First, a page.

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Formal sitting of the European Parliament in Strasbourg Alamy Stock Photo
Green Energy

EU states aim to double continent's renewable energy usage by 2030

The European Union Parliament and EU states reached a deal this morning to almost double the usage of renewable energy by 2030

THE EUROPEAN UNION Parliament and EU states reached a deal this morning to almost double the share of renewables in the continent’s overall energy consumption by 2030.

The provisional political agreement seeks to raise the share of renewable energy to 42.5%, from 22% today, according to a Council of the EU statement.

The EU has set an ambitious target to become a “climate neutral” economy by 2050, with net-zero greenhouse gas emissions.

A spokesperson for Green Party MEP Ciarán Cuffe told The Journal that it was a “good result” for renewable energy and that he supported “the goals of the Renewable Energy Directive.”

“By cutting the red tape, the Renewable Energy Directive will speed up the rollout of renewables across the EU. Unfortunately, the targets agreed last night do not align with what science tells us we need to do.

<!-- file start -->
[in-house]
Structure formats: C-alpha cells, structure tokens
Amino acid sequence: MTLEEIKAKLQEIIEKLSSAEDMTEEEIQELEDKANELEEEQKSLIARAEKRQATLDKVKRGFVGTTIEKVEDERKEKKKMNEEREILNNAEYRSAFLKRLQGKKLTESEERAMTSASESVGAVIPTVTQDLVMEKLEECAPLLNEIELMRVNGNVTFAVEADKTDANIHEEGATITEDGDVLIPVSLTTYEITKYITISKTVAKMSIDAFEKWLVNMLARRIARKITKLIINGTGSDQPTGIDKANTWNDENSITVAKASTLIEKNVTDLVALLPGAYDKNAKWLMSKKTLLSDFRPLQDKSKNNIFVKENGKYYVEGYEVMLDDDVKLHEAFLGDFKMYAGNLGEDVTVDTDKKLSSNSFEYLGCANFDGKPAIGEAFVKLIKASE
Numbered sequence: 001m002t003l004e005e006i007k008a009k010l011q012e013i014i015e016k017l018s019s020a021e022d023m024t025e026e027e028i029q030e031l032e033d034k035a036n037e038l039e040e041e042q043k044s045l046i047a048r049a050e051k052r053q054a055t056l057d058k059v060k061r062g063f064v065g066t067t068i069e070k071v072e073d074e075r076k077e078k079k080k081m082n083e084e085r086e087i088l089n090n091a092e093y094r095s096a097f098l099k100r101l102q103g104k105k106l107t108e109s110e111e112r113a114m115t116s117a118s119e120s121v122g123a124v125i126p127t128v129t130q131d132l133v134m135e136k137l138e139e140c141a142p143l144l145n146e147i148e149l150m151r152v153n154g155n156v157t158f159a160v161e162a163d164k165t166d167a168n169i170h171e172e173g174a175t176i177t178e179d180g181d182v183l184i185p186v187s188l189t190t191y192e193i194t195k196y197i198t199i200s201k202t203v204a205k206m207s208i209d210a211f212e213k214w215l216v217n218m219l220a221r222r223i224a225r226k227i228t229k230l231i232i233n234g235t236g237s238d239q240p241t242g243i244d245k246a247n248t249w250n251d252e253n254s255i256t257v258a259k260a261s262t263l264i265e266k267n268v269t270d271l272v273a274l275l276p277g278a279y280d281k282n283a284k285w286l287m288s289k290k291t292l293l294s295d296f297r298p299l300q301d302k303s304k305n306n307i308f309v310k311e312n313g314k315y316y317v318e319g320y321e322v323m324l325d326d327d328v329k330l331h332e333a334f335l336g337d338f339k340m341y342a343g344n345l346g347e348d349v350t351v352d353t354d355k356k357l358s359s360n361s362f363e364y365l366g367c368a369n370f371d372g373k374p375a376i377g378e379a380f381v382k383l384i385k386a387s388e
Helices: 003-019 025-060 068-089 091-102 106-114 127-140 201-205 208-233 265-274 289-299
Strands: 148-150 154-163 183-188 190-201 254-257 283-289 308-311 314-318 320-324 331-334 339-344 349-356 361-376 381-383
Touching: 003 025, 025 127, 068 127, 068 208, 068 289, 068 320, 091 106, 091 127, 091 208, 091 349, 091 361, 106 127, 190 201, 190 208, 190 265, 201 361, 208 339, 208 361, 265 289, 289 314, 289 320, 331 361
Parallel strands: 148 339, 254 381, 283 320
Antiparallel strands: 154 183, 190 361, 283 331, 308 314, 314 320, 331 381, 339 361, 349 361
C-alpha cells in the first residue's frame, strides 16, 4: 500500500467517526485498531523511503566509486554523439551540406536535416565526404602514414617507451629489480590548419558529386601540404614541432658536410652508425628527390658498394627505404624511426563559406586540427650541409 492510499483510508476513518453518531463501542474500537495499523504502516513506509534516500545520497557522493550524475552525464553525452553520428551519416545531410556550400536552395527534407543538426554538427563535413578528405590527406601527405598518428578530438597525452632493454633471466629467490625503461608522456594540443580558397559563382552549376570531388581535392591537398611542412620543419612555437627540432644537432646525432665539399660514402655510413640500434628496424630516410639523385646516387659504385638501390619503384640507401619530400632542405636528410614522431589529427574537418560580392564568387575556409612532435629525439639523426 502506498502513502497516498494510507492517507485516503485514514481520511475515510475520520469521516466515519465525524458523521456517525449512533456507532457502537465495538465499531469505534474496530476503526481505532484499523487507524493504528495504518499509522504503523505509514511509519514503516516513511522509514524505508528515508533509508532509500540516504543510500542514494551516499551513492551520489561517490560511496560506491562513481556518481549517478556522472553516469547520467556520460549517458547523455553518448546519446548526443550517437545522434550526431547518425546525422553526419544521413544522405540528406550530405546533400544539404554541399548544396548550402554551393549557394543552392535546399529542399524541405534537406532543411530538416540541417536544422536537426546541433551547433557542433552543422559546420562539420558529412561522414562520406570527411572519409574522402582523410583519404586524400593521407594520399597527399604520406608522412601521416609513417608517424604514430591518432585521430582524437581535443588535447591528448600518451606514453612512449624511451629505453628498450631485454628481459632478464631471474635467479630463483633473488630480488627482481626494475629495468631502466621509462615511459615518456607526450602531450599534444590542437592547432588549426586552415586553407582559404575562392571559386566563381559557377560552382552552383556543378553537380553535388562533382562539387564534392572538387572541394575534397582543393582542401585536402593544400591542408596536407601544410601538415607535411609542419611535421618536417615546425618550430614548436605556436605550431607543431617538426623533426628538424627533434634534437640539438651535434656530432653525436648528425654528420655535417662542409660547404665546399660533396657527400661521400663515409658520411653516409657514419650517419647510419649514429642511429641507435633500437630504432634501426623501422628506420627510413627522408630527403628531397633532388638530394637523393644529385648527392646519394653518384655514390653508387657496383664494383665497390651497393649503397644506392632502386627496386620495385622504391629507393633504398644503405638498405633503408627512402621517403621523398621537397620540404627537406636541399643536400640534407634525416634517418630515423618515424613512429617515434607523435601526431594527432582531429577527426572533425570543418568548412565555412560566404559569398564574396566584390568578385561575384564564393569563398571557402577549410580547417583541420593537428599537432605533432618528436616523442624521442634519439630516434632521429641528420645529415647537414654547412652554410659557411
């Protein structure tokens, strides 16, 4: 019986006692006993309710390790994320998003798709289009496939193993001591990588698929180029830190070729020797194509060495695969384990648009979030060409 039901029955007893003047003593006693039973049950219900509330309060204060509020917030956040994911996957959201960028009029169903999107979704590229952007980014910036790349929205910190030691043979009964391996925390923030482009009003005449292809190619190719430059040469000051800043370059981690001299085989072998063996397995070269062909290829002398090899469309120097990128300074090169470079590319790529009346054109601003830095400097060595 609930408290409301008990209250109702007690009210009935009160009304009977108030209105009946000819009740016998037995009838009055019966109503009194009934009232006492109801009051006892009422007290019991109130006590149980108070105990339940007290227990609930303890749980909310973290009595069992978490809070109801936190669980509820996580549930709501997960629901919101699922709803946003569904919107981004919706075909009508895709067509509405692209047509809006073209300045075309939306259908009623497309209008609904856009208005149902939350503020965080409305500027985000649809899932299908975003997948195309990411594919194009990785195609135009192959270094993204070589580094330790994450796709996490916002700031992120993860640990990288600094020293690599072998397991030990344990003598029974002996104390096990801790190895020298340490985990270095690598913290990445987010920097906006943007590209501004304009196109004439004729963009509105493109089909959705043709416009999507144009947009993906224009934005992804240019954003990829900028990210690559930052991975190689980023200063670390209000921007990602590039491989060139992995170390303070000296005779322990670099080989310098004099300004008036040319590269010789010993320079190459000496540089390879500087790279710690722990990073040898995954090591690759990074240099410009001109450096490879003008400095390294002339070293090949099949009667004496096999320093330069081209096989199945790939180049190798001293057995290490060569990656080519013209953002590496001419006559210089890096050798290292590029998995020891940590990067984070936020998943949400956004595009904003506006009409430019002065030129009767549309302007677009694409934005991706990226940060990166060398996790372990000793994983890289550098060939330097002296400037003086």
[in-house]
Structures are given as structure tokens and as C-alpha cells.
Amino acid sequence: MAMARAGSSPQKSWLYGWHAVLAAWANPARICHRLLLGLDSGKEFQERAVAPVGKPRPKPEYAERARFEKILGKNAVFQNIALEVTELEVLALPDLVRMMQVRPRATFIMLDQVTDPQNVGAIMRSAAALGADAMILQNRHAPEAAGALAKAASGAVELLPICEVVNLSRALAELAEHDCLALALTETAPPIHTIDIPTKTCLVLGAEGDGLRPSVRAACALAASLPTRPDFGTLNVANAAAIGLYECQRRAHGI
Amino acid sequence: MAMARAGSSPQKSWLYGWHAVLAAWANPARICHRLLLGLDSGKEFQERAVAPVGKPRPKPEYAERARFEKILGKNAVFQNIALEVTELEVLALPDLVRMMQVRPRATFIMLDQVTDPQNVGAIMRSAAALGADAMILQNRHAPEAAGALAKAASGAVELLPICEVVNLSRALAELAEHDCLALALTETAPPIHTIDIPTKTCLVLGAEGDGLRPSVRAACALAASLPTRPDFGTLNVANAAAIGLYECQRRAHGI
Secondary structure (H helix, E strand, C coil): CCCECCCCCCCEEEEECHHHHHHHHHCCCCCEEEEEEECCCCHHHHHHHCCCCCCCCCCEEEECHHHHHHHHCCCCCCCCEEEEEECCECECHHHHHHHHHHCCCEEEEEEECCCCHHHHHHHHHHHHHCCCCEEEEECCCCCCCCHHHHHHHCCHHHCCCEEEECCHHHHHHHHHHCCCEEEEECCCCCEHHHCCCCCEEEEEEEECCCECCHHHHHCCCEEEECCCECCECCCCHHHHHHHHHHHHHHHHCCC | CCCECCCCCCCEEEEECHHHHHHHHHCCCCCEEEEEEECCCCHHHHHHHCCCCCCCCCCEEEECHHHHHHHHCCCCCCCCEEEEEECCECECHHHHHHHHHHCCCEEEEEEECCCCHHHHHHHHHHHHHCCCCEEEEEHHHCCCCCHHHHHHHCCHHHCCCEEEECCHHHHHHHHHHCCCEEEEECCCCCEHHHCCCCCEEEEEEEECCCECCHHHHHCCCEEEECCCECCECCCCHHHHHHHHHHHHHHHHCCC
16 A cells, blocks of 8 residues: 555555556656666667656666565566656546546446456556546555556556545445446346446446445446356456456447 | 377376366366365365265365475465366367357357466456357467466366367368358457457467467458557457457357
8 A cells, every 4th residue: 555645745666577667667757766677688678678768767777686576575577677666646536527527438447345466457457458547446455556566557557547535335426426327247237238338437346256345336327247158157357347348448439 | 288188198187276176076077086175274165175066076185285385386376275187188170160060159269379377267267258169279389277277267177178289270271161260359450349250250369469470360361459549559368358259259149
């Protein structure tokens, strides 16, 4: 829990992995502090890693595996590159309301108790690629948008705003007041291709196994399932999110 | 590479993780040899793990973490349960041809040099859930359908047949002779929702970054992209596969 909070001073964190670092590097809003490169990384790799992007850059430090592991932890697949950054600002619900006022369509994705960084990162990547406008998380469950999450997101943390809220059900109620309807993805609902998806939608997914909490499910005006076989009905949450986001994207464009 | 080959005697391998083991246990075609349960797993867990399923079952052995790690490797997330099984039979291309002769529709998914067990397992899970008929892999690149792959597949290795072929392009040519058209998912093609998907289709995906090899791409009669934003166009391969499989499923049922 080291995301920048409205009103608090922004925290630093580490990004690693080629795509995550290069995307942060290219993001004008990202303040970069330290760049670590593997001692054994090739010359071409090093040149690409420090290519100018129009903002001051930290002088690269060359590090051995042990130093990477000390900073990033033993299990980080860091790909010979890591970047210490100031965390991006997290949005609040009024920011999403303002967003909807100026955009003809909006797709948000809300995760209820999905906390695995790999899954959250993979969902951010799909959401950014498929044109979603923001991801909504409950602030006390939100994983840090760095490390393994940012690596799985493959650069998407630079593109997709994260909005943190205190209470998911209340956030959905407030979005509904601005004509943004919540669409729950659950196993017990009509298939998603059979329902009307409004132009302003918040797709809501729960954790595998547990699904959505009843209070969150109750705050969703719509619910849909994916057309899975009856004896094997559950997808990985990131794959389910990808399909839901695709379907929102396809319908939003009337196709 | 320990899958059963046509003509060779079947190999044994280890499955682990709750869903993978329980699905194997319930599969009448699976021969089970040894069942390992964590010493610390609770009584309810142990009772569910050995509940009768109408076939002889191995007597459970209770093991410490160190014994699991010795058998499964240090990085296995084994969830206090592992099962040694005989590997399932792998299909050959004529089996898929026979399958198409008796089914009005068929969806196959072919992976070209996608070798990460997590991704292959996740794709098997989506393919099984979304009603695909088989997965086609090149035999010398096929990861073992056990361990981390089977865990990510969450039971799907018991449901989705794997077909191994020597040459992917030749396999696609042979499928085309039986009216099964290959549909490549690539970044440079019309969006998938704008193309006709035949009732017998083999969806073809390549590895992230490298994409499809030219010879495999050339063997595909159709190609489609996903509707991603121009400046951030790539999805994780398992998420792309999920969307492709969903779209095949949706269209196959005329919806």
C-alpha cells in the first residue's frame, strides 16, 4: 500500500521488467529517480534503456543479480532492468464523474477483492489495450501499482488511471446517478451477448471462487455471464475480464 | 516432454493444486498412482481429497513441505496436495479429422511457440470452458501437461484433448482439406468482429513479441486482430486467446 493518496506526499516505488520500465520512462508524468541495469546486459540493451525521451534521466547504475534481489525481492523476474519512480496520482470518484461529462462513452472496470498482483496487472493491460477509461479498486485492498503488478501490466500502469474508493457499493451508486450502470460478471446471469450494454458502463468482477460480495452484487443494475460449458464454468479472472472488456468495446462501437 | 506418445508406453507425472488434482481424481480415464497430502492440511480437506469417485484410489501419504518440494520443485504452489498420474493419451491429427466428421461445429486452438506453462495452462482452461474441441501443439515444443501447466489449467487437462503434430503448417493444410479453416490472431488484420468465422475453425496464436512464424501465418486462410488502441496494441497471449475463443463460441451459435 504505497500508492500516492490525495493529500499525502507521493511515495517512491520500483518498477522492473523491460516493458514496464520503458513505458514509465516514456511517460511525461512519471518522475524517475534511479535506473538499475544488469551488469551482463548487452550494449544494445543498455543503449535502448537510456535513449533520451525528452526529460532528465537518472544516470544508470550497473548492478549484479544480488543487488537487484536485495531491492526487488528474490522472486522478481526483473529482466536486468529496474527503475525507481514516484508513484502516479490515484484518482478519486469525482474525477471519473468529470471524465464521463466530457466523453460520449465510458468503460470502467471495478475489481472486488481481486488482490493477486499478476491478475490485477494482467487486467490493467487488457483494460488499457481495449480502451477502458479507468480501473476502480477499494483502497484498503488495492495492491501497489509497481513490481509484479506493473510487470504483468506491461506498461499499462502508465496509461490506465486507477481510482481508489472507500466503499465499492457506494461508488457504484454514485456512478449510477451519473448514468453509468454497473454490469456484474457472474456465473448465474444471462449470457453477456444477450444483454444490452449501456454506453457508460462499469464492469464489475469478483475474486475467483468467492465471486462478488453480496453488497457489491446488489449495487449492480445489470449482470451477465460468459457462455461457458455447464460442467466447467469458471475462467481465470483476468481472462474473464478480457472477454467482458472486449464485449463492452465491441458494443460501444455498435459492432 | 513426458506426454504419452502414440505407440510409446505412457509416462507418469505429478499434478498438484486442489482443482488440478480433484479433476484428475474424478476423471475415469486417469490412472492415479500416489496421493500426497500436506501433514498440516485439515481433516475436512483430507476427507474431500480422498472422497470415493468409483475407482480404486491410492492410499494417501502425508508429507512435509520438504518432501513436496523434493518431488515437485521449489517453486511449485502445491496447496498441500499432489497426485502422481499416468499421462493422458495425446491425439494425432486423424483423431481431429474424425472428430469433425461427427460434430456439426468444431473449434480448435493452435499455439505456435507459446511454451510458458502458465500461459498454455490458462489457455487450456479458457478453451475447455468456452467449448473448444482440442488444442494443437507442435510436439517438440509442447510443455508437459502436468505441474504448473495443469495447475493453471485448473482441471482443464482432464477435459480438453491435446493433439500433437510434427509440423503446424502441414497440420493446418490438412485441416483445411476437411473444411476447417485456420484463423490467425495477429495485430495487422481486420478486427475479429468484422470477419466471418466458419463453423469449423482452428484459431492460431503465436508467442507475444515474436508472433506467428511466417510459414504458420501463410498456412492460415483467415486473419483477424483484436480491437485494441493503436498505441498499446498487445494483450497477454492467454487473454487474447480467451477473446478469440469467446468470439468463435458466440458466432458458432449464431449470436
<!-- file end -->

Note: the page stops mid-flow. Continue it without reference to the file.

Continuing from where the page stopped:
Adding, “However, we are confident that Ireland can not only achieve these targets, but actually exceed them to an extent that we can sell renewables to other EU countries to help them meet the new RED targets.”

The proposal to revise the renewable energy directive, along with other proposals, tackles the energy aspects of the EU’s climate transition under the ‘Fit for 55’ package.

The Commission presented the ‘Fit for 55’ package in 2021. This package aims to align the EU’s climate and energy legislative framework with its 2050 climate neutrality objective and with its objective of reducing net greenhouse gas emissions by at least 55% by 2030 compared to 1990 levels.

The move also comes as the EU has sought to slash its dependence on Russian fossil fuels after Moscow cut gas supplies last year and the bloc placed bans on seaborne crude and other petroleum products from the country.

The UN’s Intergovernmental Panel on Climate Change (IPCC) has said that global warming has caused an increase in the intensity and frequency of extreme weather events.

The world has already warmed by about 1 degree Celsius since pre-industrial times due to human activity, and the UN IPCC has warned that this is likely to pass 1.5C between 2030 and 2052 if the increase continues at the current rate.

It is not only temperature that has changed: there have also been changes in rainfall, declines in snow and ice, and increases in sea-level as the oceans heat up.

Additional Reporting by Muiris O’Cearbhaill

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